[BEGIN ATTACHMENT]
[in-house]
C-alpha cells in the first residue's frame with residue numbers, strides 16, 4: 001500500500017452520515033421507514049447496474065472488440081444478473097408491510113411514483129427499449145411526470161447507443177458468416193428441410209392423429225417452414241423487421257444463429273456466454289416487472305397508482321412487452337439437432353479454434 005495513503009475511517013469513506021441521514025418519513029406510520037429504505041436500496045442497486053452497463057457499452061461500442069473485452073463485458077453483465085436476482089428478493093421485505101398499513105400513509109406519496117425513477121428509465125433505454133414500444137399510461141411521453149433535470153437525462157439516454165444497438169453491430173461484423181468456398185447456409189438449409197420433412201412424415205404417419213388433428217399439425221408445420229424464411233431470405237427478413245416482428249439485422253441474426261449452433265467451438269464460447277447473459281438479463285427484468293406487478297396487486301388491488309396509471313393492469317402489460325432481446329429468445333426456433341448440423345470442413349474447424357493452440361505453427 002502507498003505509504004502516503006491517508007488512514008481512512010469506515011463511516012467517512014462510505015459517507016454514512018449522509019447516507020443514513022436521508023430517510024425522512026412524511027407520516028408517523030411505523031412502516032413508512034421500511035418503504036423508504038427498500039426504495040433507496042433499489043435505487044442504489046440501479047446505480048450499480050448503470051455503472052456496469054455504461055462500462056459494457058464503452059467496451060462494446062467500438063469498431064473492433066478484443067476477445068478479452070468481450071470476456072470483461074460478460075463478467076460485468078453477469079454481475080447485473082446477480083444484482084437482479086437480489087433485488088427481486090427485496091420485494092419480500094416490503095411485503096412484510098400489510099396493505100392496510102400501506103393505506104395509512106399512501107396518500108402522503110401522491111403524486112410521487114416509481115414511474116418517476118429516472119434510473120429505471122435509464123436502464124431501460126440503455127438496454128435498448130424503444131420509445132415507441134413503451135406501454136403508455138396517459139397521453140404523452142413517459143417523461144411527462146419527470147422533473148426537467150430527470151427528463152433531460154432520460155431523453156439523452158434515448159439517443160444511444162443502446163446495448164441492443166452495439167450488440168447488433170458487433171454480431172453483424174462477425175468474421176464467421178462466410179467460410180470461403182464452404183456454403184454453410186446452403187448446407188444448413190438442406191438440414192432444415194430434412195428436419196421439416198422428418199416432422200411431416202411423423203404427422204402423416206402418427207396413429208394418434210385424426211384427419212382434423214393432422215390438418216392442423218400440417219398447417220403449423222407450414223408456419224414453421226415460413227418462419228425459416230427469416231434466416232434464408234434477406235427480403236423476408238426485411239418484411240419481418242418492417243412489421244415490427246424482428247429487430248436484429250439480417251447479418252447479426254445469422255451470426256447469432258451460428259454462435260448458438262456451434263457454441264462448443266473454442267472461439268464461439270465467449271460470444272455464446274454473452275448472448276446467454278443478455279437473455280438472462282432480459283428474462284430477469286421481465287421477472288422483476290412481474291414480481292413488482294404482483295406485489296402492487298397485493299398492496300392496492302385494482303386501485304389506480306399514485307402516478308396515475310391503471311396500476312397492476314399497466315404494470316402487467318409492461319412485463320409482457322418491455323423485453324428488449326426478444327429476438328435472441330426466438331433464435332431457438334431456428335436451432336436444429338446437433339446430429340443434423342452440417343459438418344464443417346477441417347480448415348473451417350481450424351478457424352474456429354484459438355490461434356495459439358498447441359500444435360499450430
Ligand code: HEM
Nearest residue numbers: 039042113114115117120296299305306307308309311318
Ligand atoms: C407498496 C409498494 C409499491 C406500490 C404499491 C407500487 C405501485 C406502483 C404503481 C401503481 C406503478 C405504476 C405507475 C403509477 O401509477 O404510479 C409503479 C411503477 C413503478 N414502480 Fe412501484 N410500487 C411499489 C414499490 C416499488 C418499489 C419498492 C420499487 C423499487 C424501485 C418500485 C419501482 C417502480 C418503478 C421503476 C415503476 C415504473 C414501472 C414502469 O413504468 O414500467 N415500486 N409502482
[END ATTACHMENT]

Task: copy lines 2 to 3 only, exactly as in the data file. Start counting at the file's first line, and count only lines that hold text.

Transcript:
C-alpha cells in the first residue's frame with residue numbers, strides 16, 4: 001500500500017452520515033421507514049447496474065472488440081444478473097408491510113411514483129427499449145411526470161447507443177458468416193428441410209392423429225417452414241423487421257444463429273456466454289416487472305397508482321412487452337439437432353479454434 005495513503009475511517013469513506021441521514025418519513029406510520037429504505041436500496045442497486053452497463057457499452061461500442069473485452073463485458077453483465085436476482089428478493093421485505101398499513105400513509109406519496117425513477121428509465125433505454133414500444137399510461141411521453149433535470153437525462157439516454165444497438169453491430173461484423181468456398185447456409189438449409197420433412201412424415205404417419213388433428217399439425221408445420229424464411233431470405237427478413245416482428249439485422253441474426261449452433265467451438269464460447277447473459281438479463285427484468293406487478297396487486301388491488309396509471313393492469317402489460325432481446329429468445333426456433341448440423345470442413349474447424357493452440361505453427 002502507498003505509504004502516503006491517508007488512514008481512512010469506515011463511516012467517512014462510505015459517507016454514512018449522509019447516507020443514513022436521508023430517510024425522512026412524511027407520516028408517523030411505523031412502516032413508512034421500511035418503504036423508504038427498500039426504495040433507496042433499489043435505487044442504489046440501479047446505480048450499480050448503470051455503472052456496469054455504461055462500462056459494457058464503452059467496451060462494446062467500438063469498431064473492433066478484443067476477445068478479452070468481450071470476456072470483461074460478460075463478467076460485468078453477469079454481475080447485473082446477480083444484482084437482479086437480489087433485488088427481486090427485496091420485494092419480500094416490503095411485503096412484510098400489510099396493505100392496510102400501506103393505506104395509512106399512501107396518500108402522503110401522491111403524486112410521487114416509481115414511474116418517476118429516472119434510473120429505471122435509464123436502464124431501460126440503455127438496454128435498448130424503444131420509445132415507441134413503451135406501454136403508455138396517459139397521453140404523452142413517459143417523461144411527462146419527470147422533473148426537467150430527470151427528463152433531460154432520460155431523453156439523452158434515448159439517443160444511444162443502446163446495448164441492443166452495439167450488440168447488433170458487433171454480431172453483424174462477425175468474421176464467421178462466410179467460410180470461403182464452404183456454403184454453410186446452403187448446407188444448413190438442406191438440414192432444415194430434412195428436419196421439416198422428418199416432422200411431416202411423423203404427422204402423416206402418427207396413429208394418434210385424426211384427419212382434423214393432422215390438418216392442423218400440417219398447417220403449423222407450414223408456419224414453421226415460413227418462419228425459416230427469416231434466416232434464408234434477406235427480403236423476408238426485411239418484411240419481418242418492417243412489421244415490427246424482428247429487430248436484429250439480417251447479418252447479426254445469422255451470426256447469432258451460428259454462435260448458438262456451434263457454441264462448443266473454442267472461439268464461439270465467449271460470444272455464446274454473452275448472448276446467454278443478455279437473455280438472462282432480459283428474462284430477469286421481465287421477472288422483476290412481474291414480481292413488482294404482483295406485489296402492487298397485493299398492496300392496492302385494482303386501485304389506480306399514485307402516478308396515475310391503471311396500476312397492476314399497466315404494470316402487467318409492461319412485463320409482457322418491455323423485453324428488449326426478444327429476438328435472441330426466438331433464435332431457438334431456428335436451432336436444429338446437433339446430429340443434423342452440417343459438418344464443417346477441417347480448415348473451417350481450424351478457424352474456429354484459438355490461434356495459439358498447441359500444435360499450430
Ligand code: HEM